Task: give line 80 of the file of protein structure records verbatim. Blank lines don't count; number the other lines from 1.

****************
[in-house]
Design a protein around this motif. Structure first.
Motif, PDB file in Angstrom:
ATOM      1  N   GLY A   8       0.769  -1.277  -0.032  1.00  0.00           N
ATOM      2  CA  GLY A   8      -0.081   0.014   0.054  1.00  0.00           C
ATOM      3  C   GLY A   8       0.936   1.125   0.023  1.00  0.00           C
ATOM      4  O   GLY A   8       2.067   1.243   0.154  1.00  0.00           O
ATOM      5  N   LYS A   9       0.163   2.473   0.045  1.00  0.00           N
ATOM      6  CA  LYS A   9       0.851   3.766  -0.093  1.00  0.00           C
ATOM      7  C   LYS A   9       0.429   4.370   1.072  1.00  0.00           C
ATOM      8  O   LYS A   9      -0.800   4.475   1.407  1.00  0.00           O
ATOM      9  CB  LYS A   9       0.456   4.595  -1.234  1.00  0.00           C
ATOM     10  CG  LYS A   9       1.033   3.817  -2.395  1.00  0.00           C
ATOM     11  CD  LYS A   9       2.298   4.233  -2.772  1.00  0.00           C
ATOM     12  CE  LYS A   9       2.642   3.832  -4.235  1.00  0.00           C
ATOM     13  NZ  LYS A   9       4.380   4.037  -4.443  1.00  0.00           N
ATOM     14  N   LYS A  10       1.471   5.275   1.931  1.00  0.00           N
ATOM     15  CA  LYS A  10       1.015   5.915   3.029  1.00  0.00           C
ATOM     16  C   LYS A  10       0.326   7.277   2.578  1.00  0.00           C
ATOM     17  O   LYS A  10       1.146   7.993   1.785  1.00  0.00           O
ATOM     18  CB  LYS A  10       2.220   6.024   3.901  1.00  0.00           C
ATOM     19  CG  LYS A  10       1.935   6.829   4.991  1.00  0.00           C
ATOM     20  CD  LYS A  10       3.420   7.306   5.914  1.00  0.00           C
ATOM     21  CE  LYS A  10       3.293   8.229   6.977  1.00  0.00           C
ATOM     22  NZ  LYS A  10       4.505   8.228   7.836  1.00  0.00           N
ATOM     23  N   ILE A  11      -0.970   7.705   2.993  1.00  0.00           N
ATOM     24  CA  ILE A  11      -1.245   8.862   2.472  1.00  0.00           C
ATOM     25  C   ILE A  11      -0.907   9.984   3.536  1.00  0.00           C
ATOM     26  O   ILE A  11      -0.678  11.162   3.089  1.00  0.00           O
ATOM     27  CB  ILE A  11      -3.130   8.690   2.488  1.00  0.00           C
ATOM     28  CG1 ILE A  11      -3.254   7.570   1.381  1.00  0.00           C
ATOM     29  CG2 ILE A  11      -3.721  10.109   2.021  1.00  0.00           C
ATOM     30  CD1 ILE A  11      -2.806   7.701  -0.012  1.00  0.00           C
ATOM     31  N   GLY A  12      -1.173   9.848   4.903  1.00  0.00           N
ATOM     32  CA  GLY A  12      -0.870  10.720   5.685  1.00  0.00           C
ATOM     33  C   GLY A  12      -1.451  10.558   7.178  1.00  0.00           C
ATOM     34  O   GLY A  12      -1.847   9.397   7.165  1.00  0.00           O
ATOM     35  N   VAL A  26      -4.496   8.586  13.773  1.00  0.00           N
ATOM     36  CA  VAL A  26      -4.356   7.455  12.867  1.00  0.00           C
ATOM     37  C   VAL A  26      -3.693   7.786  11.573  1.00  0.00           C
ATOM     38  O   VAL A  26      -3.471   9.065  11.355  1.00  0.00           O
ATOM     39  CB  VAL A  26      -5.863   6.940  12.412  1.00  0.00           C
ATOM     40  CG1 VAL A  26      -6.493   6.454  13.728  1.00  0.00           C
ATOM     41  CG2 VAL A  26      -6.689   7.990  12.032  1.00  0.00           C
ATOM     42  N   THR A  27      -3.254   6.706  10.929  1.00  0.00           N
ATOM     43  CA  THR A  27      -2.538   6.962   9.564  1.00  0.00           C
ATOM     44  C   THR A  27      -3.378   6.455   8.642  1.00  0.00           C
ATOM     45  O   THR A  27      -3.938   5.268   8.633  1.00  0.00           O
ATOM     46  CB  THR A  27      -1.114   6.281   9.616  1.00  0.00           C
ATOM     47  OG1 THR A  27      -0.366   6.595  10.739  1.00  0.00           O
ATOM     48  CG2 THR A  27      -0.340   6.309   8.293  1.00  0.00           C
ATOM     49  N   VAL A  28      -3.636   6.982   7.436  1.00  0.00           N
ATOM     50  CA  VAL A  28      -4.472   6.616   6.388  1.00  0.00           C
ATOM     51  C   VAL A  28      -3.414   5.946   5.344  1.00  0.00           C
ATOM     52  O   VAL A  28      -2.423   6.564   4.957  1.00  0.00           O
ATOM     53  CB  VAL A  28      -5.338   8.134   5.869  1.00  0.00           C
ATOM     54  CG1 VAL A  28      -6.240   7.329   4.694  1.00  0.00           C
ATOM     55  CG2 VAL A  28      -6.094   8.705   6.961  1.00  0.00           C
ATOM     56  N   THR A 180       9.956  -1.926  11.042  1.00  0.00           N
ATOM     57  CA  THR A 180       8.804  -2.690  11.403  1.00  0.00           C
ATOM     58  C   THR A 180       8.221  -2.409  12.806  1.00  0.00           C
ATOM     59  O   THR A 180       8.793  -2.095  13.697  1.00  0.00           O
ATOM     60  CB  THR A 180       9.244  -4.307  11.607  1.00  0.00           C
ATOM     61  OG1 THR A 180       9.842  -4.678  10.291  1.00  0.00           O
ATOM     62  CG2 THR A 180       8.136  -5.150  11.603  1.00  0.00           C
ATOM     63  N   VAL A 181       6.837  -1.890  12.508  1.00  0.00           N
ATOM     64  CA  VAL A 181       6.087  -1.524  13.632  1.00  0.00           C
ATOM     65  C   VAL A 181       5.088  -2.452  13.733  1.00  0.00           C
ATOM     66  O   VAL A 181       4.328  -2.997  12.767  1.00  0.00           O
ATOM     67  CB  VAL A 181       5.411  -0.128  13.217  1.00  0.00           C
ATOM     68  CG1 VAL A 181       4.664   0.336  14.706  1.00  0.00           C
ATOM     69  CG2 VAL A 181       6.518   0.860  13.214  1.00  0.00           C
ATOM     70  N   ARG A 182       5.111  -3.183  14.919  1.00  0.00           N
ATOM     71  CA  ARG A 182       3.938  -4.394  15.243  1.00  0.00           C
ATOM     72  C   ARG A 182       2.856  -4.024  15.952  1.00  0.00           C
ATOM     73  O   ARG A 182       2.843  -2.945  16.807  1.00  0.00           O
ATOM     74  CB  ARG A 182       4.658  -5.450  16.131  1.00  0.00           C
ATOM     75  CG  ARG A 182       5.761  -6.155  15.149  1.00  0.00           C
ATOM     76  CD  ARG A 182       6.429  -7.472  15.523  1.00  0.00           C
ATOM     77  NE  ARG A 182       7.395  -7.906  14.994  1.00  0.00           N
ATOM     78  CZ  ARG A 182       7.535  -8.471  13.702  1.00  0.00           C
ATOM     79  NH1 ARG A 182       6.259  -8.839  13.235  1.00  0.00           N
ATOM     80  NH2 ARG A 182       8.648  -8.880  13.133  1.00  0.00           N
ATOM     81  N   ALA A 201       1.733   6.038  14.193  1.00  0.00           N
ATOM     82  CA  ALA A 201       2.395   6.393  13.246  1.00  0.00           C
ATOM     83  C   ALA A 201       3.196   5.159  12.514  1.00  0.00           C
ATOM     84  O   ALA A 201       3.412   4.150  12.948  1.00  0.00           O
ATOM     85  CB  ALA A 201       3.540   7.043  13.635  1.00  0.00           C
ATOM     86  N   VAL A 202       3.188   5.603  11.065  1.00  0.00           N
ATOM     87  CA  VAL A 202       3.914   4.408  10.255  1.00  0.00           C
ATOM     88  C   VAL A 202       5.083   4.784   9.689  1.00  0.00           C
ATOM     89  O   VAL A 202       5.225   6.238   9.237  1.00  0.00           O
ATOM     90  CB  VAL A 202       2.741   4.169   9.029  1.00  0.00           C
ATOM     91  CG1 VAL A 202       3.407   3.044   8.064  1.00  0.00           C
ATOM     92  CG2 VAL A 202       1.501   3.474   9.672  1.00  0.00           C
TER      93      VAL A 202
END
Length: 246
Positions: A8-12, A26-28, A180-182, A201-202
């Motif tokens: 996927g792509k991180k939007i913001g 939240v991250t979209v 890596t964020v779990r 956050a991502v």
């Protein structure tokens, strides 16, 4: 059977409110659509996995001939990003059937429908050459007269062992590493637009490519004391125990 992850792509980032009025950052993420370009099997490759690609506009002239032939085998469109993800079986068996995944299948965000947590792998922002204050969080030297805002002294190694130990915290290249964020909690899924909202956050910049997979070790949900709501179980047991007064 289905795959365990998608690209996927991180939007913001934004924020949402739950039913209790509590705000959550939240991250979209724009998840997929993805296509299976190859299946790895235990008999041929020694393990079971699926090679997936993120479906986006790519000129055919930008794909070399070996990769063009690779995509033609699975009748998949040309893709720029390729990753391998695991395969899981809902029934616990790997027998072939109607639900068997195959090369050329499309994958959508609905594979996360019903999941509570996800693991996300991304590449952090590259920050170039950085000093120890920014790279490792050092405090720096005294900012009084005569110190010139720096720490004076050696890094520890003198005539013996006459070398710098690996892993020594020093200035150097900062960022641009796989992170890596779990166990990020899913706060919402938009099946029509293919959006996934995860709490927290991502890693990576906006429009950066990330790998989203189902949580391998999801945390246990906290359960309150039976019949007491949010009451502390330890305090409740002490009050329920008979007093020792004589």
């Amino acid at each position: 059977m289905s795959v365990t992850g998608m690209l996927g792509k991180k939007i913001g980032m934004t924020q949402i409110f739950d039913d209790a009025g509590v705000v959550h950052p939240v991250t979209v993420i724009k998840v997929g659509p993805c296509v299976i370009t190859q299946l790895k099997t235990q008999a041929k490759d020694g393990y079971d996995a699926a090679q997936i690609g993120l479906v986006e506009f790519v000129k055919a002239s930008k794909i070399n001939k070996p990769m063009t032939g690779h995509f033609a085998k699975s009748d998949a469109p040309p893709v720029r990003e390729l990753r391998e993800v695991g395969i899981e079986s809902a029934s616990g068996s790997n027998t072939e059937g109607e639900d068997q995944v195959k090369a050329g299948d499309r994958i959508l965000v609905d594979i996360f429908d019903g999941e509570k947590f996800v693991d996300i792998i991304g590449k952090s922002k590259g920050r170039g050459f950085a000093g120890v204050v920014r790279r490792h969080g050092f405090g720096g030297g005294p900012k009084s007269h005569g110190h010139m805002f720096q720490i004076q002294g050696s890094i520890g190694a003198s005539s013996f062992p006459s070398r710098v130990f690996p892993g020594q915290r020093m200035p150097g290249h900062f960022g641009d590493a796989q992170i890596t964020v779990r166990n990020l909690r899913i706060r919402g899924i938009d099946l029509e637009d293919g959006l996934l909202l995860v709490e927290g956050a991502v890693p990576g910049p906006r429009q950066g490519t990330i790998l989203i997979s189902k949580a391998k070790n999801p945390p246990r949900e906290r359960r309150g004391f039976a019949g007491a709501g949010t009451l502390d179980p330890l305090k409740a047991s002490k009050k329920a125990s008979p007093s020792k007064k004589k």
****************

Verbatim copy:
ATOM     77  NE  ARG A 182       7.395  -7.906  14.994  1.00  0.00           N